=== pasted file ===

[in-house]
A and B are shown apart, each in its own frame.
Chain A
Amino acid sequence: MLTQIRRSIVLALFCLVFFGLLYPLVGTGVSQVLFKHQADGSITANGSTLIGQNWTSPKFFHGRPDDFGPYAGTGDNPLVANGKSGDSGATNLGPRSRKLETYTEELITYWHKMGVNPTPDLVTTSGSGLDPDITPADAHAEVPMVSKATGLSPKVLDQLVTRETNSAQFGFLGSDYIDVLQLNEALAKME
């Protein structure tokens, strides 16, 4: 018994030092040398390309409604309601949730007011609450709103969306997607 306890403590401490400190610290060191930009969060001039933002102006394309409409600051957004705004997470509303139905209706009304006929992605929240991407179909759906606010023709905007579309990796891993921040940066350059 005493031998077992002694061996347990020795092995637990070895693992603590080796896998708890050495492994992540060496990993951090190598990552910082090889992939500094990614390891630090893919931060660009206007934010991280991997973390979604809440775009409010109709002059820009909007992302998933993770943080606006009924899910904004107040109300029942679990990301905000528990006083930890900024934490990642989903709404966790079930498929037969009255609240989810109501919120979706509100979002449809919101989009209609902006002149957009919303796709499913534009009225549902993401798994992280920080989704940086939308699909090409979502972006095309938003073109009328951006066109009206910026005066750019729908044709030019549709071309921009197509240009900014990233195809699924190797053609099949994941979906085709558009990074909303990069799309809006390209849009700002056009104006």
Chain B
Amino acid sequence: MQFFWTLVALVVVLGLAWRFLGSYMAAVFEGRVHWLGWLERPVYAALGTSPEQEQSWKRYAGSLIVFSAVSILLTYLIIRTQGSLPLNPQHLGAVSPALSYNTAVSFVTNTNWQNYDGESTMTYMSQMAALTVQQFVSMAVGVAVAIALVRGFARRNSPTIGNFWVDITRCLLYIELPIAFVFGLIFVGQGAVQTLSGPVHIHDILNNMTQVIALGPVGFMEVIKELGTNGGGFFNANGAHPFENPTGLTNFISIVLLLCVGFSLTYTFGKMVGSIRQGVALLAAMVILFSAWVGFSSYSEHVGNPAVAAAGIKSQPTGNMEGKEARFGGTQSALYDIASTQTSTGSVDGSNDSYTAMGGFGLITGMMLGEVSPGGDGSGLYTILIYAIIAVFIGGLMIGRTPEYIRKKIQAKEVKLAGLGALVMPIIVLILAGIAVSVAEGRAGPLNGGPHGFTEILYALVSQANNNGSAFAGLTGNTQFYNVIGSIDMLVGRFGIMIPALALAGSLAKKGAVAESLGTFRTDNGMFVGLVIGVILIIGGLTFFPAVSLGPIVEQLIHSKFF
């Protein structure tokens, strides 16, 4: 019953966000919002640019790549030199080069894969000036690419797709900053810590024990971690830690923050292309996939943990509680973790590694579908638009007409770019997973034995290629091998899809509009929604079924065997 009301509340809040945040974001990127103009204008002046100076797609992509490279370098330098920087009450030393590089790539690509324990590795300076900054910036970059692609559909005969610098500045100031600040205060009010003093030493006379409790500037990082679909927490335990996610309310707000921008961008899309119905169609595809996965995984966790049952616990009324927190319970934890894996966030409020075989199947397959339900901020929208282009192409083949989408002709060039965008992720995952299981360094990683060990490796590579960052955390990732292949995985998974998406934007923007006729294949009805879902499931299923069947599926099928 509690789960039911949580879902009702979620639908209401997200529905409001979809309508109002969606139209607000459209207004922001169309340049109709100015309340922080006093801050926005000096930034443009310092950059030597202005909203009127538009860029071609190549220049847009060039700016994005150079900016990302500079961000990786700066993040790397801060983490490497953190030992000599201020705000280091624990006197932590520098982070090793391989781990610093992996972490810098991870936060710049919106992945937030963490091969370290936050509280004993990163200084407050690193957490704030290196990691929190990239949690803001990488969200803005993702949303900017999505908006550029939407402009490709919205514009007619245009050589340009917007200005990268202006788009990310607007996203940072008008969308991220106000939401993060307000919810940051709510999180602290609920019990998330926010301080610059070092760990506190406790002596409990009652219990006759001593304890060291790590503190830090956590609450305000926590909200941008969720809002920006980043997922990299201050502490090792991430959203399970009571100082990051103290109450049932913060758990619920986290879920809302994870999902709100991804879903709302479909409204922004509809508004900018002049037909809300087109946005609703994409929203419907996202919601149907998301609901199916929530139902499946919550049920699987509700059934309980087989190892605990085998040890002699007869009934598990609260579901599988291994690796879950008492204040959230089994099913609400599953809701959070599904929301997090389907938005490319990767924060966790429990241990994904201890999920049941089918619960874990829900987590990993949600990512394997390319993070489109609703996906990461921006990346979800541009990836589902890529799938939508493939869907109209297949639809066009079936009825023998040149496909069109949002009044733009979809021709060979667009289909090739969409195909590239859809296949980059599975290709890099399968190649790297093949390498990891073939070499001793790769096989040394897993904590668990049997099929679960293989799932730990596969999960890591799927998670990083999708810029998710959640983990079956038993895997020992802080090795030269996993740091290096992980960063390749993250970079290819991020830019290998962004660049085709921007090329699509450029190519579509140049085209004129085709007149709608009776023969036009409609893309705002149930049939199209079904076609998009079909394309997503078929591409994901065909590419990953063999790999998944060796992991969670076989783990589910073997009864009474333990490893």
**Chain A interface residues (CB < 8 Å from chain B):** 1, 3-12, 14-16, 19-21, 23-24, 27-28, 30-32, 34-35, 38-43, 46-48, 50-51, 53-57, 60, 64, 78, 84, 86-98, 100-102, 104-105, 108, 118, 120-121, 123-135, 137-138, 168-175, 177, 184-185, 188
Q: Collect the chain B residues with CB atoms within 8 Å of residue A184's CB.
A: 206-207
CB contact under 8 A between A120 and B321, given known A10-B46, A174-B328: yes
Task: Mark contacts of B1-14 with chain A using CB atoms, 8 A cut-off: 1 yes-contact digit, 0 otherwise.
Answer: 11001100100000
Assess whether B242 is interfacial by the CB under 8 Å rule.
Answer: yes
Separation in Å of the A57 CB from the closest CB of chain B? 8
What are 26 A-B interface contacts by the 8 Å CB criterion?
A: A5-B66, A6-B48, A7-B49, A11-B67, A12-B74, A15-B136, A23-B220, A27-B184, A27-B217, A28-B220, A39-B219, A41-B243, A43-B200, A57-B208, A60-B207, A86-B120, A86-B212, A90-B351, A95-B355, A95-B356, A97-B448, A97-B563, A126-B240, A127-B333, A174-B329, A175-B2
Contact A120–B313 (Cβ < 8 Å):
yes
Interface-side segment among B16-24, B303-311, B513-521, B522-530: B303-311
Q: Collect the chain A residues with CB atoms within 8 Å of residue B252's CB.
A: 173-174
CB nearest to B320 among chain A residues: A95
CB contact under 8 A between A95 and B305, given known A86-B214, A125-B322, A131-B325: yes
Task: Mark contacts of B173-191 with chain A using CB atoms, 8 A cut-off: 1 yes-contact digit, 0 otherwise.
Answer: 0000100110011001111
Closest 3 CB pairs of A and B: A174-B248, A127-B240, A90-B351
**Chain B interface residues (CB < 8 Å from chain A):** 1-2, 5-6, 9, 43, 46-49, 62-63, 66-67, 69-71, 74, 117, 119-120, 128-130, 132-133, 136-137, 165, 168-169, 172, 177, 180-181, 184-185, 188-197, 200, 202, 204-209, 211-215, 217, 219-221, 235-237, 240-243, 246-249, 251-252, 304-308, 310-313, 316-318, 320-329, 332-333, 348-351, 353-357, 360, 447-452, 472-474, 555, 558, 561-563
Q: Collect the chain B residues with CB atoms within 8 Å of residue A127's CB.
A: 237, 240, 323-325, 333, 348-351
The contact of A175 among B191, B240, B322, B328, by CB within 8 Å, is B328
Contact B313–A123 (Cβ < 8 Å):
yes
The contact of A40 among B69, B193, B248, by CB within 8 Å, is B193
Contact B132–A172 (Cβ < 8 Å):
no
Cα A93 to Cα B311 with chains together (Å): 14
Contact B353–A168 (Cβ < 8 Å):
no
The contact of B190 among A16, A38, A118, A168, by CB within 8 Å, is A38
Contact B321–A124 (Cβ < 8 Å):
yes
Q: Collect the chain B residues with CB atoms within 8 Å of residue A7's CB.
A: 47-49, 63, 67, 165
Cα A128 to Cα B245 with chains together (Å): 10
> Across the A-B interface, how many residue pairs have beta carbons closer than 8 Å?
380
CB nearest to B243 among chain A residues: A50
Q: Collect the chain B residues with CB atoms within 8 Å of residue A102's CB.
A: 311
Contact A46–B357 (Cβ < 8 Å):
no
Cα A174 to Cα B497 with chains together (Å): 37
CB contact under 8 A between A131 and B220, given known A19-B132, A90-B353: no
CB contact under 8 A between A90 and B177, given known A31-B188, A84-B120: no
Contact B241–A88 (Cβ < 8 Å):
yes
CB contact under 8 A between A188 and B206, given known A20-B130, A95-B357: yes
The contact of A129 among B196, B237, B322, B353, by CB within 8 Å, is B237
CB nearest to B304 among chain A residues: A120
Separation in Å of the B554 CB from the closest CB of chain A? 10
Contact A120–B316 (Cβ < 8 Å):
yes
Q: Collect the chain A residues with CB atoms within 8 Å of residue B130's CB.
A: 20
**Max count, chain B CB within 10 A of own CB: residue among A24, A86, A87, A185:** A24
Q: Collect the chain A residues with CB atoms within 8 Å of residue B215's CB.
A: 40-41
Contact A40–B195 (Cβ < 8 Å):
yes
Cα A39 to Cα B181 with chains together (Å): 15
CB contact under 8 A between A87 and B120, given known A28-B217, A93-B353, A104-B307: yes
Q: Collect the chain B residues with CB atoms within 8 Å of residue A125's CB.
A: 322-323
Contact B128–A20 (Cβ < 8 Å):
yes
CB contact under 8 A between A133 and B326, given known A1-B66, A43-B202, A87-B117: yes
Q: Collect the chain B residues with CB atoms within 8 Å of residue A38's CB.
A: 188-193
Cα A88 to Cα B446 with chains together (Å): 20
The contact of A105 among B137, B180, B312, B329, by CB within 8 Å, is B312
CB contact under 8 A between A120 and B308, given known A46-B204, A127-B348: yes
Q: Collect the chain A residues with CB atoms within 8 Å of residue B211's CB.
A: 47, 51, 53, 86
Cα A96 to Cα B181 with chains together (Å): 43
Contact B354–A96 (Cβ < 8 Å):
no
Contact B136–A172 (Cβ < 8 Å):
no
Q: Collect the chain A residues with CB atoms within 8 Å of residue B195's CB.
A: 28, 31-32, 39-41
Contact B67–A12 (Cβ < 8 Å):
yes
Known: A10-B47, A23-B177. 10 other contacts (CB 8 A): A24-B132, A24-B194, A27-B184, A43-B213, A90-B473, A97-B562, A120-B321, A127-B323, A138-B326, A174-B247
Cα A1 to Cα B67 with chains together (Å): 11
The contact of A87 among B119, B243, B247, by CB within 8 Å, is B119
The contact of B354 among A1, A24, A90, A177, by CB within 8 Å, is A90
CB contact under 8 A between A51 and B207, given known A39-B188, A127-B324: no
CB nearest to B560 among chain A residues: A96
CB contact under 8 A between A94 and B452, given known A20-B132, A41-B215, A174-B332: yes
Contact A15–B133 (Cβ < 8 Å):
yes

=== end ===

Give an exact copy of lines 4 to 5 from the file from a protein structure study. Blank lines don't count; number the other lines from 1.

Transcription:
Amino acid sequence: MLTQIRRSIVLALFCLVFFGLLYPLVGTGVSQVLFKHQADGSITANGSTLIGQNWTSPKFFHGRPDDFGPYAGTGDNPLVANGKSGDSGATNLGPRSRKLETYTEELITYWHKMGVNPTPDLVTTSGSGLDPDITPADAHAEVPMVSKATGLSPKVLDQLVTRETNSAQFGFLGSDYIDVLQLNEALAKME
């Protein structure tokens, strides 16, 4: 018994030092040398390309409604309601949730007011609450709103969306997607 306890403590401490400190610290060191930009969060001039933002102006394309409409600051957004705004997470509303139905209706009304006929992605929240991407179909759906606010023709905007579309990796891993921040940066350059 005493031998077992002694061996347990020795092995637990070895693992603590080796896998708890050495492994992540060496990993951090190598990552910082090889992939500094990614390891630090893919931060660009206007934010991280991997973390979604809440775009409010109709002059820009909007992302998933993770943080606006009924899910904004107040109300029942679990990301905000528990006083930890900024934490990642989903709404966790079930498929037969009255609240989810109501919120979706509100979002449809919101989009209609902006002149957009919303796709499913534009009225549902993401798994992280920080989704940086939308699909090409979502972006095309938003073109009328951006066109009206910026005066750019729908044709030019549709071309921009197509240009900014990233195809699924190797053609099949994941979906085709558009990074909303990069799309809006390209849009700002056009104006």